| The WPI is the oldest established “wealth preservation” and "asset protection" educational institute in the country. Having said that the WPI is the oldest wealth preservation educational institute of its kind, it sounds strange to state that the WPI was established as recently as 2004.
Why did it take so long for a wealth preservation institute to be created? That is a good question and one without a definitive answer. It would seem logical that in this country where personal injury lawsuits run wild that someone would be educating attorneys, CPAs, financial planners, insurance advisors, and real estate brokers on what could be the most important topic to any client with wealth, that topic being “asset protection.”
The WPI, the CWPP™ and the CAPP™ certification programs were created out of frustration of many of the best “advanced” planning specialists from around the country. While it might sound strange to create such an extensive educational institute and certification program out of frustration; that is exactly what happened.
Think about the following question:
Can ANY client’s estate or financial plan be complete if the plan does not address the problems of asset protection?
We at the WPI believe the answer is an emphatic NO.
Think about the following fact scenario:
Dr. Smith who is age 55 and lives in Tennessee goes into a local law firm to implement the finest estate plan he can buy. His goal is to pay no estate taxes and he does not want to worry about running out of money in retirement (due to poor investing). Assuming the team approach to help this client is implemented, Dr. Smith also brings in the finest CPA in town and the person who is considered the best financial planner.
Assume Dr. Smith has a $2,000,000 brokerage account, a paid off $500,000 vacation condo in Florida, $1,000,000 in local rental real estate, a $1,000,000 home and a $1,000,000 IRA all in his name. (There are many Dr. Smith’s in this country).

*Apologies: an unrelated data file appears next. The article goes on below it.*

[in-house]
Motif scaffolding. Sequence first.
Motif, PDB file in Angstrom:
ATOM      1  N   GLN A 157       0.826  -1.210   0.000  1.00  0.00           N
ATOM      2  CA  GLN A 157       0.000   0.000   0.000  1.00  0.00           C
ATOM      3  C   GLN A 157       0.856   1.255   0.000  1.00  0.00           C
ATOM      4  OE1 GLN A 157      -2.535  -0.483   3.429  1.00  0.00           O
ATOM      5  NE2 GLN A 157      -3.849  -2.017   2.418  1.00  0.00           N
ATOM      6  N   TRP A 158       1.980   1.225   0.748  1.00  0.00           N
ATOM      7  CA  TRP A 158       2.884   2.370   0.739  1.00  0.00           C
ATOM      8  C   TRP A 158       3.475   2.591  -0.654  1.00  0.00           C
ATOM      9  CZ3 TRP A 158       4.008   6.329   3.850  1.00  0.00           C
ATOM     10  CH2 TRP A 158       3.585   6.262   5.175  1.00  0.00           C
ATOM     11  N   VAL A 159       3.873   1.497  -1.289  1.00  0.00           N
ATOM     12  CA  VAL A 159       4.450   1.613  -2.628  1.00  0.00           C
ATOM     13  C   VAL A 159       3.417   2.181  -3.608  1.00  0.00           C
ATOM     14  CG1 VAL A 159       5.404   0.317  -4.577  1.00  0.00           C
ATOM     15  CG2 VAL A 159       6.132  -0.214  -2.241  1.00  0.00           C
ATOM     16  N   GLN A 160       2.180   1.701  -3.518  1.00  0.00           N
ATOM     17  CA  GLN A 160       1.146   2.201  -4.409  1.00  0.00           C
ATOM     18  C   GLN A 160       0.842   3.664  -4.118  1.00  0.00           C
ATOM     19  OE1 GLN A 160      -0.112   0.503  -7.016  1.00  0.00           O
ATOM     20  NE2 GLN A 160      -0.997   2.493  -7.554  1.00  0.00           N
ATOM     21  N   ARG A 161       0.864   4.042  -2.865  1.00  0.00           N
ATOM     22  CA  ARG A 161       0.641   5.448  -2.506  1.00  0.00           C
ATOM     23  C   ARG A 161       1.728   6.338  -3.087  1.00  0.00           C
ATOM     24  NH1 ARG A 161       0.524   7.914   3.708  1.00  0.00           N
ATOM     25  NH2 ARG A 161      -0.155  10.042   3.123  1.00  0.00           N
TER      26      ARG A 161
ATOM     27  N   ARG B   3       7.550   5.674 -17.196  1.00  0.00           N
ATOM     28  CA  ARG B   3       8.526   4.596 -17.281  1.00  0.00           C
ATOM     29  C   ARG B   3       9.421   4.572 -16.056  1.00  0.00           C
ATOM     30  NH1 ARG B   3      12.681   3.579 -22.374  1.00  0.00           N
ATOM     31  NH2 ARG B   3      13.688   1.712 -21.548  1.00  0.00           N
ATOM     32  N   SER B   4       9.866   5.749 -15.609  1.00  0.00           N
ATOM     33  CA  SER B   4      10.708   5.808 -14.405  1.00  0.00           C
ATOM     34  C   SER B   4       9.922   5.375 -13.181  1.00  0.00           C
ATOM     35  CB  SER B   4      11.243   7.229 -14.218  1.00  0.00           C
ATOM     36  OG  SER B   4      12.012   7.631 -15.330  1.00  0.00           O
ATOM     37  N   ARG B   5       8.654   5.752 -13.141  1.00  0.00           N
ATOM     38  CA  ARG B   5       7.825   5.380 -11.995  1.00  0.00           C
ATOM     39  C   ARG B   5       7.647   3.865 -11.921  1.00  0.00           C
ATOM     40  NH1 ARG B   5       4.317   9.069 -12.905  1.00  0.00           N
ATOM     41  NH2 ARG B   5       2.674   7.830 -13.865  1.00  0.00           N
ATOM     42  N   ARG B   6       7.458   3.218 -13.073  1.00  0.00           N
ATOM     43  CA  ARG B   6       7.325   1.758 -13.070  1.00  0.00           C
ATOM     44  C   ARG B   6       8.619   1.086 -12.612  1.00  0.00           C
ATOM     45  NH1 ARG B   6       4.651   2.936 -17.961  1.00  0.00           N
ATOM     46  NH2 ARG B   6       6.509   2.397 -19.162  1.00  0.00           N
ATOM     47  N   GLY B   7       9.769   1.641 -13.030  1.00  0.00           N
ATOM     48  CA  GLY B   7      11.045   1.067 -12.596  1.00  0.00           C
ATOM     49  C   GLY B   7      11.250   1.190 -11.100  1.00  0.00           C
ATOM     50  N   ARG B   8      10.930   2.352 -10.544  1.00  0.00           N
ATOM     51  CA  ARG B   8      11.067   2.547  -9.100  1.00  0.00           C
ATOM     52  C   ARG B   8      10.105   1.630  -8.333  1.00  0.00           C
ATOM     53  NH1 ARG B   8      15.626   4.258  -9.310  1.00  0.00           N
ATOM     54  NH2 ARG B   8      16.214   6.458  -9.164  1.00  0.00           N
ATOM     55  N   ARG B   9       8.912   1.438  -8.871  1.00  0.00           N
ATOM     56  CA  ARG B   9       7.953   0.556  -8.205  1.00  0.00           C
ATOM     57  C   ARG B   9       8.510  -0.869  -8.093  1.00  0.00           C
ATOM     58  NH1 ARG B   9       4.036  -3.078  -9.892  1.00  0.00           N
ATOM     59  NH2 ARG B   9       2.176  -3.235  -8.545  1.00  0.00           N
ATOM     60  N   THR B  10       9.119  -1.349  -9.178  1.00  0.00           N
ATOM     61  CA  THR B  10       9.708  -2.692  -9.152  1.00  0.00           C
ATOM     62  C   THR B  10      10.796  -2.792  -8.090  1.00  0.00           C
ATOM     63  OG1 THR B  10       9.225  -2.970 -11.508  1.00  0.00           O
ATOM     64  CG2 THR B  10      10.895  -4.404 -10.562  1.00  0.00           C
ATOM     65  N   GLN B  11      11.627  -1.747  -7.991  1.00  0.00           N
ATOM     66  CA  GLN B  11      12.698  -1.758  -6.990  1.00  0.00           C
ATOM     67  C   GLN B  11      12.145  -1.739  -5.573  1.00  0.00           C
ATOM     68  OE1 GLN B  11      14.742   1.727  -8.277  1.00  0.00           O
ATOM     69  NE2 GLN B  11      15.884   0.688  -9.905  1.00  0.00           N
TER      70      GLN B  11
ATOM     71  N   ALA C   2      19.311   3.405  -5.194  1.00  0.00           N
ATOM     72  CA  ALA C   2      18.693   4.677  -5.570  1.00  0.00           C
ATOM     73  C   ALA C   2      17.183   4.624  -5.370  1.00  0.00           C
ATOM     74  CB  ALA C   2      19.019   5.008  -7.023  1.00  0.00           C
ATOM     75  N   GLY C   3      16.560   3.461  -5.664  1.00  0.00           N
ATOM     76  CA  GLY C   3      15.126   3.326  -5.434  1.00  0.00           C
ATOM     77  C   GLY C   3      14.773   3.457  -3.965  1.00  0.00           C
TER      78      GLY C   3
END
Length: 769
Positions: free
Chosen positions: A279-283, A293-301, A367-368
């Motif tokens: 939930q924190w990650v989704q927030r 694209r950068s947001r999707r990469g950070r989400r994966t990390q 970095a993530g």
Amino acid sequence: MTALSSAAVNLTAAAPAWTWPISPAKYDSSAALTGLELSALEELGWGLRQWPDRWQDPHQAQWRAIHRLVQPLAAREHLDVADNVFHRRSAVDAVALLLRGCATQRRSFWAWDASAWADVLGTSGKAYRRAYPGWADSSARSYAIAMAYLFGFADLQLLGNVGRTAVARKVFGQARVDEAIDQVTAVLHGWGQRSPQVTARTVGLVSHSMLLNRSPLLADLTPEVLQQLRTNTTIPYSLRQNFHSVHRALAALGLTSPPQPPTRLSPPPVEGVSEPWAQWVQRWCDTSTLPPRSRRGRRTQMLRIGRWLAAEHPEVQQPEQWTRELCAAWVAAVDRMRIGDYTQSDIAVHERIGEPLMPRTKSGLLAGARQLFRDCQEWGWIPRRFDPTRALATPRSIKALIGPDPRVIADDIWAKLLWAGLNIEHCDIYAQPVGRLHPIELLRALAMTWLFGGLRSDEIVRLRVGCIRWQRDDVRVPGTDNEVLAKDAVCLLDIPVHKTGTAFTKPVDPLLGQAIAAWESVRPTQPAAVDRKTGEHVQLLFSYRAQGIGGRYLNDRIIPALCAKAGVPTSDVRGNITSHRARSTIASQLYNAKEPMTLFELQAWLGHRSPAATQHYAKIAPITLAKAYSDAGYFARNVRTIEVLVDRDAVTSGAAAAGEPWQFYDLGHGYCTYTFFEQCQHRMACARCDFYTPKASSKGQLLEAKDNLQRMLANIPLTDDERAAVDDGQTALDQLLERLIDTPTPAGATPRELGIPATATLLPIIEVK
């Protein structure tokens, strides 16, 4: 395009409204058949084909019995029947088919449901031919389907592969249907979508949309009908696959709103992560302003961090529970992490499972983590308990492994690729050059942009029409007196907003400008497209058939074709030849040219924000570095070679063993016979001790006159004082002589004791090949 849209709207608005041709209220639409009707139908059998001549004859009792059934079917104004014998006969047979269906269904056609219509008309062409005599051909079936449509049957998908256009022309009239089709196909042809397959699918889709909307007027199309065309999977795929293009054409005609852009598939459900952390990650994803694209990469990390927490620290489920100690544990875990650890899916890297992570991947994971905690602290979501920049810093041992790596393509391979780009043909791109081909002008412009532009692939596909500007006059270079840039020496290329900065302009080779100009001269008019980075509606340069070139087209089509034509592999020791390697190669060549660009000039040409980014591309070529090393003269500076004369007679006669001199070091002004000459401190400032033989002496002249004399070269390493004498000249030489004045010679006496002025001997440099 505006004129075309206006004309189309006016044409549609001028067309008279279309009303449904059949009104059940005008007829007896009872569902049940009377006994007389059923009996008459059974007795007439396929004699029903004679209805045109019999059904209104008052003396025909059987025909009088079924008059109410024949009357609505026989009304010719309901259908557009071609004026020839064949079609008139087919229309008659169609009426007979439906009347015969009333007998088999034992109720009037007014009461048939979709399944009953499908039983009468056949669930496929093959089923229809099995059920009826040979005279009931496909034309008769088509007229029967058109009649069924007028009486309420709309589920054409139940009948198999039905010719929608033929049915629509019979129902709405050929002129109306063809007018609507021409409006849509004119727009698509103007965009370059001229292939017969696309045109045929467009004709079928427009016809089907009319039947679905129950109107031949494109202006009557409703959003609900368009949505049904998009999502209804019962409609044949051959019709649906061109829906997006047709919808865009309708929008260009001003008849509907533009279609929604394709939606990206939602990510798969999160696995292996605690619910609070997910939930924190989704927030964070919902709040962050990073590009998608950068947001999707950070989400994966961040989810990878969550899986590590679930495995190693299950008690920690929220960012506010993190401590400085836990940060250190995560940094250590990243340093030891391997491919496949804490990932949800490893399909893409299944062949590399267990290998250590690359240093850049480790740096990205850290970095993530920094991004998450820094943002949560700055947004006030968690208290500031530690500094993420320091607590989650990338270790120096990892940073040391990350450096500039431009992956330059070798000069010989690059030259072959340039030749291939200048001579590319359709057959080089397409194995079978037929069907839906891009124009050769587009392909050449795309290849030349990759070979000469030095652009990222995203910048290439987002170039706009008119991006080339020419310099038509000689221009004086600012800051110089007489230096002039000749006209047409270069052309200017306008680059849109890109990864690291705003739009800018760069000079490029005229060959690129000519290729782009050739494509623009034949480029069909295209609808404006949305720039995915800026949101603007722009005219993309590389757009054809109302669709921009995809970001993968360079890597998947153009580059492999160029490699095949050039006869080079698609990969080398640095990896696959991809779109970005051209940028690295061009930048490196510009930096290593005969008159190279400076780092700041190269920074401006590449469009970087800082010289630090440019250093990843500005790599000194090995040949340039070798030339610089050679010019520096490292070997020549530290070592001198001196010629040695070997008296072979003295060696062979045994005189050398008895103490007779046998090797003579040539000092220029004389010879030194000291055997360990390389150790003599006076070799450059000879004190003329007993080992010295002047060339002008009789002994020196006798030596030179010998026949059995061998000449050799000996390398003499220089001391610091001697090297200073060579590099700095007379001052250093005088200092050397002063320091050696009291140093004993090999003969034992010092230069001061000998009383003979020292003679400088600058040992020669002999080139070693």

Dr. Smith pays the attorney $5,000, the CPA $3,500, the fee only financial planner $3,000 and he is given the “finest” estate and financial plan that can be purchased in his area.
Dr. Smith feels good about his plan due to the fact that the advisors used have great reputations, he paid a lot for the “comprehensive” plan and everything in writing looked very official.
Ignoring the fact that none of the three advisors know many of the “advanced” techniques in the CWPP™ program (which would have been more beneficial to Dr. Smith to make his traditional estate and financial plan better); what is the problem with the above situation?
The answer is that the topic of asset protection was totally and completely ignored.
Let us now look at that bad fact scenario that is happening daily around this county to the Dr. Smith’s who practice medicine.
Assume Dr. Smith (orthopedic surgeon) went into surgery the day after his new estate and financial plan is put in place and accidentally cut off the wrong foot of a diabetic patient.
What is going to happen to Dr. Smith? He is going to get sued for $5,000,000.
Assume that Dr. Smith has $1,000,000 worth of malpractice coverage and ultimately loses the medical malpractice suit where a jury does in fact award the plaintiff $5,000,000.
How did the $11,500 world’s greatest estate and financial plan protect Dr. Smith from the $5,000,000 verdict? It did NOTHING to protect his assets. If the plaintiff with the $5,000,000 verdict goes after Dr. Smith’s assets, there is little Dr. Smith can do to prevent the court from directing Dr. Smith to give his assets (including the IRA money which is not protected in Tennessee) to the plaintiff/creditor to satisfy the judgment.
Are the CWPP™ and CAPP™ certification courses needed?
If your answer is not a resounding "YES" just because of the above fact scenario, we at the WPI would be quite surprised.
There are many other reasons why anyone with wealth needs asset protection and those fact situations are explored in detail in the certification programs.
In addition to the very important topic of asset protection, there is NO educational entity nationally that deals with what we at the WPI call “advanced” planning. It is important to define advanced planning and the following is a summary of the WPI's definition of advanced planning:
Advanced planning is planning for high-income/net worth clients that is derived from topics that few advisors in the country are aware of (or if they are aware of the topics, advisors know too little about the topics to incorporate them into a plan for clients).
What are some examples of advanced planning techniques (besides asset protection)?
1) WealthBuilder® Annuity is a program that allows small to medium size business owners (or individuals in some circumstances) to defer taxable income of between $50,000-$5,000,000 a year into a wealth building program where the money can grow deferred for up to 30 years (this is ideal for business owners looking for supplemental retirement benefits).